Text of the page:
Wednesday, April 29, 2009

The Shallowest of Concerns, Yet Every One is Concerned

What do you think of every day?
Your job?
Your dog?
Your habits?
What do you think of every day of your damn life?

I think about fat.
My fat.
The way my soft belly rolls pour over my belt
The way my hips rest atop my jeans
The way my arm flesh oozes out of a tank top
Not understanding how it came to me
Understanding how it came to me

I never talk about it
Except in constant conversations with myself
Unable to ignore my reflection in a building’s window
The acceptable studied reflection in my office bathroom
The required sizing up which happens before
Leaving the house for a failed date
Or a meeting with a friend

Hide it.
Accept it.
Loathe it.
Ignore it.
Hide it.
Work on it.
Hate it.

Sometimes I forget about it
But only when I’m drunk
Or in the dark
Or eating
Or lost in a film full of the skinniest mother fuckers
In the world

It’s become my oldest friend
And oldest foe
The comparisons to strangers are the worst
It could be worse
It could be so much better,
Is she fatter than me?

My ex-husband used to say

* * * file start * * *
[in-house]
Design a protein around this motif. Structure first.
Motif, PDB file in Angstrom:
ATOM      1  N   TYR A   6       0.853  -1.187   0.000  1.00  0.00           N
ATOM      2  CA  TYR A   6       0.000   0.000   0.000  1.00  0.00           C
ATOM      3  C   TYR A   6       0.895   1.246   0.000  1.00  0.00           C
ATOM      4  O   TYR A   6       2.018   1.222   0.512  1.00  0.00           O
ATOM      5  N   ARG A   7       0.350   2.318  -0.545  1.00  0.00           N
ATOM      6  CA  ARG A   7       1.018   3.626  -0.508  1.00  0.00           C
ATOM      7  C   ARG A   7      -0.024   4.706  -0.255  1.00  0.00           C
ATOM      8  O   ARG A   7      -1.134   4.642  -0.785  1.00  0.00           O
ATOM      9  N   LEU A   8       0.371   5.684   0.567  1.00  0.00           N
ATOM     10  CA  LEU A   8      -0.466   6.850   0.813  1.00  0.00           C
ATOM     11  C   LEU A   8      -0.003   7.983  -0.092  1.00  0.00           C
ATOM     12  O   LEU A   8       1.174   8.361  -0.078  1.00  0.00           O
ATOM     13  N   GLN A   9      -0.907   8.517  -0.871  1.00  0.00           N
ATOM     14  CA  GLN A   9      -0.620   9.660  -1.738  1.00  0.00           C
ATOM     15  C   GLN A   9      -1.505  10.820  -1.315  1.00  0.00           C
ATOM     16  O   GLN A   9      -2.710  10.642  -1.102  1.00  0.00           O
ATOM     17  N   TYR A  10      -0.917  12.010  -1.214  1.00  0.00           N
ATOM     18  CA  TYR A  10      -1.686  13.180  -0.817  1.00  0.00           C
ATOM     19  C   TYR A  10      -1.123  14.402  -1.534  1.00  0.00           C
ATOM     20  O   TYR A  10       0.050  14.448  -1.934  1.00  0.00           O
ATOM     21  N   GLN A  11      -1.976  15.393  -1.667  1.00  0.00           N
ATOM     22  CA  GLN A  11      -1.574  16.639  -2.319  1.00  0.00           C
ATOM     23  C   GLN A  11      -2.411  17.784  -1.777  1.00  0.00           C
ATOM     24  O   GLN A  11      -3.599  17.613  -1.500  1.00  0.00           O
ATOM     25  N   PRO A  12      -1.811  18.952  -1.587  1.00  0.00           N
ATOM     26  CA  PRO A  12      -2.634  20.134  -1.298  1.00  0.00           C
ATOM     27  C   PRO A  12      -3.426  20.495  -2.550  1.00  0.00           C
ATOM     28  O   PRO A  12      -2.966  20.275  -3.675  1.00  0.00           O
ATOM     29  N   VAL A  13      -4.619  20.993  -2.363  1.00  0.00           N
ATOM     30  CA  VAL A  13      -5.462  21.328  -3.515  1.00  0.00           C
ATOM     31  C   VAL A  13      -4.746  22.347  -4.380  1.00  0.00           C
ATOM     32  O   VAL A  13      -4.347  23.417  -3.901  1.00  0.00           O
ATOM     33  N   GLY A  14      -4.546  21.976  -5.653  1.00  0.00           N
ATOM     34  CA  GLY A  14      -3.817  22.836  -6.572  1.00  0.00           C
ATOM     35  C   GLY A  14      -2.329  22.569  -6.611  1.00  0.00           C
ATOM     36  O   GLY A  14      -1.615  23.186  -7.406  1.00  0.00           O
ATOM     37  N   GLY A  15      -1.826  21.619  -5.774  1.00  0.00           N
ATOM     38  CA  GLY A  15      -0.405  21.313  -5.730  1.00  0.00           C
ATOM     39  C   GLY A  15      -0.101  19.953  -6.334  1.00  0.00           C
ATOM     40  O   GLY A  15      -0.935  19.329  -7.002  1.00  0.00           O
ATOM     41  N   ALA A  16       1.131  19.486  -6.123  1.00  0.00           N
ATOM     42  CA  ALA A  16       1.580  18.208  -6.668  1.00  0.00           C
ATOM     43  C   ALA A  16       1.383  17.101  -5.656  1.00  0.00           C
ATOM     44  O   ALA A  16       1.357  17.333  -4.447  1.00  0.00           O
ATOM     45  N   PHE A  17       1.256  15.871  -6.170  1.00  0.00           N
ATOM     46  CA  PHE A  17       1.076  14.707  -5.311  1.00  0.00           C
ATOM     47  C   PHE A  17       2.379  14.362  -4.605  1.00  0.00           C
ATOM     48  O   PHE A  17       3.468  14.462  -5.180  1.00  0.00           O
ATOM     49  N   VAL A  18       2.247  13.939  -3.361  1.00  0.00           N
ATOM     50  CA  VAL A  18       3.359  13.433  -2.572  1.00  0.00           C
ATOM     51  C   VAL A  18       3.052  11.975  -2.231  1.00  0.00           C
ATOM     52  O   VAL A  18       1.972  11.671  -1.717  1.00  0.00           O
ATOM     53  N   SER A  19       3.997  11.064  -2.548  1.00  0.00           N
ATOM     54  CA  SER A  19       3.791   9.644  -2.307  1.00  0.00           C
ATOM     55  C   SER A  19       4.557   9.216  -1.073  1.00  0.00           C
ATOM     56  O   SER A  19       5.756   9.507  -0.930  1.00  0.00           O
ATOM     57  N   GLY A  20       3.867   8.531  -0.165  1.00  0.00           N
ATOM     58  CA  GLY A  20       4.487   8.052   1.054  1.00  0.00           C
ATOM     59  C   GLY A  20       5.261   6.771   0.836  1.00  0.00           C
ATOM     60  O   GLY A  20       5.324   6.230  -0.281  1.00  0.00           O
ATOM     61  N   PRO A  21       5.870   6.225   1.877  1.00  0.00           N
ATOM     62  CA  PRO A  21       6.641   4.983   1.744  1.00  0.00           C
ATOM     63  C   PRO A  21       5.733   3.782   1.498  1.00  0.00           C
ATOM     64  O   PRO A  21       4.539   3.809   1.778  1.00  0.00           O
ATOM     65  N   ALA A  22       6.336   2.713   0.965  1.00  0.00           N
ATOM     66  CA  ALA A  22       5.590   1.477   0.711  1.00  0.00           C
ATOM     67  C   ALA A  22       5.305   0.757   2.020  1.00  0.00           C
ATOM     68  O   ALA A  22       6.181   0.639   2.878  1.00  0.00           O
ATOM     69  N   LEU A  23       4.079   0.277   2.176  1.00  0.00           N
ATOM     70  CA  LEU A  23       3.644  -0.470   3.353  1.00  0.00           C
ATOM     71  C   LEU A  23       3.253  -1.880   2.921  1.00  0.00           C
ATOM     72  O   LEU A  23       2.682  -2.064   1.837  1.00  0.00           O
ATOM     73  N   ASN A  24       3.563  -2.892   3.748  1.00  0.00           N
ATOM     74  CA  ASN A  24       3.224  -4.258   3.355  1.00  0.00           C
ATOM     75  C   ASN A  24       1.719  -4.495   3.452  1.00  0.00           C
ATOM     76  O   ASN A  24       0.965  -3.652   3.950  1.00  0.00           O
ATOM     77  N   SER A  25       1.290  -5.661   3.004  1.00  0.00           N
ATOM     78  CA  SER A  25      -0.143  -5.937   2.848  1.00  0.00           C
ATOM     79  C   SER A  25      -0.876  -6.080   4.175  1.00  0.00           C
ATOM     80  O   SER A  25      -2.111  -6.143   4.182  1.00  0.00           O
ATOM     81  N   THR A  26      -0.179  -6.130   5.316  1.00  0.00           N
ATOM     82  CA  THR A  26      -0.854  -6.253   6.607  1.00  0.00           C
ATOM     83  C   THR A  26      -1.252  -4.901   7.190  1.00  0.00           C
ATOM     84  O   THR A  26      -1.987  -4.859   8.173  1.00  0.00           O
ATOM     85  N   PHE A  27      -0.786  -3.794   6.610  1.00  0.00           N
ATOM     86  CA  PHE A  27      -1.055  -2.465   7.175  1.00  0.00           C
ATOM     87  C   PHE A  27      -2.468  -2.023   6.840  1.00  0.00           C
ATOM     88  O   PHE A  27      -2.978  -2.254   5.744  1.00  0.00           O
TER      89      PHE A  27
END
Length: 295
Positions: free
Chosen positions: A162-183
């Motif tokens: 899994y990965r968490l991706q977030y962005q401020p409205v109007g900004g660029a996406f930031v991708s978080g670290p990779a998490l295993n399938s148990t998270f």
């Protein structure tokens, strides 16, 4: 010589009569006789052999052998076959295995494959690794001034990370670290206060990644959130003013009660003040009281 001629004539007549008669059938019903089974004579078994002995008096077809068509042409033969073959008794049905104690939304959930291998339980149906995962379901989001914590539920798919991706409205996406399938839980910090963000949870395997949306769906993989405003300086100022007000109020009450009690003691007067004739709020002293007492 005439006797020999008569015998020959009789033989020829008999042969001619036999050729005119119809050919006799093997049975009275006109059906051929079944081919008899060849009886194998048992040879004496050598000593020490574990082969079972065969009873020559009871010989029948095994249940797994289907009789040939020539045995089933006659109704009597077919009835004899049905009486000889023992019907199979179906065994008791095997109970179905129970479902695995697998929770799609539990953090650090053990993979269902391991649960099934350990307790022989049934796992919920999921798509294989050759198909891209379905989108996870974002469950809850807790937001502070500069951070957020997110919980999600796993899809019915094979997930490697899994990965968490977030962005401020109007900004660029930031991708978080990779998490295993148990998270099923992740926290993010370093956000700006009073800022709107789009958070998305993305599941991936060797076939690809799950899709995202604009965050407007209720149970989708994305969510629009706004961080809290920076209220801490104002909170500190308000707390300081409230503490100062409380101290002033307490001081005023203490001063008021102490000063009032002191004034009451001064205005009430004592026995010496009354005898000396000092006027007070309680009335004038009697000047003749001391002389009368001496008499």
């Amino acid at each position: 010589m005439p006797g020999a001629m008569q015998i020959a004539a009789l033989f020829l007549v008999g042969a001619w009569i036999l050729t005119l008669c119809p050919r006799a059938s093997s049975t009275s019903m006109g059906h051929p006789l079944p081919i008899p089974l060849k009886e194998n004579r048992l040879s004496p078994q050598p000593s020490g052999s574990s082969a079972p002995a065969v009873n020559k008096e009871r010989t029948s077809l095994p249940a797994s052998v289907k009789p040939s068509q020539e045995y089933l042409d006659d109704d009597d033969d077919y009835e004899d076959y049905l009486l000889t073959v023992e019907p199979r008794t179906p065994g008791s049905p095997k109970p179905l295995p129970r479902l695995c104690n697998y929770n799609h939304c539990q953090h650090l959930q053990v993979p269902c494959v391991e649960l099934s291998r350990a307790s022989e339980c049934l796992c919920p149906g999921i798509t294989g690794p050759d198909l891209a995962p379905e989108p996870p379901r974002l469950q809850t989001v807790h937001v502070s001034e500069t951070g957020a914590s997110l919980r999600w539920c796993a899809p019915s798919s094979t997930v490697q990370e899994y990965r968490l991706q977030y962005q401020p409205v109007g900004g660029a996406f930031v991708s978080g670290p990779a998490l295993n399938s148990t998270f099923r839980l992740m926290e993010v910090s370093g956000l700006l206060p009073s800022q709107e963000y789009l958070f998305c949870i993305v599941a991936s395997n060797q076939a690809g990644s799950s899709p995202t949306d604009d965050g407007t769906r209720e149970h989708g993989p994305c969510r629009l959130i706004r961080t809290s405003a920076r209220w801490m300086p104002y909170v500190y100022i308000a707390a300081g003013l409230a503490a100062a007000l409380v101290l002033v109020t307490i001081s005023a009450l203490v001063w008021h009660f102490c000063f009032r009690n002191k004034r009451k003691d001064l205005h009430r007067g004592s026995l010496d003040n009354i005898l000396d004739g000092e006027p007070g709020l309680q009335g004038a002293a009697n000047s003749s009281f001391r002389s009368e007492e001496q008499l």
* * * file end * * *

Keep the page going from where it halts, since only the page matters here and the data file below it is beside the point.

He admired me for not caring
But I’ve always cared
So much more than he ever knew
And now you know it too

When fat is your fourth grade identity
When you have it to blame on failed relationships
When you have to dress it
And wash it
And rub it down with lotions
When you spread your legs for waxing
Or for dick
When you’re constantly reminded of how ugly
And awful
And tragic
Fat is
You want it as far away from you as possible
And unless you can pay for a suction procedure
Or a surgery that kills a vital organ
You only want time to run
And the will-power to turn down cake
And French fries
And beer
And hope that at the end of the week
You may have made a difference
But you never do
So you begin again
With the fat
And the inability to make it go away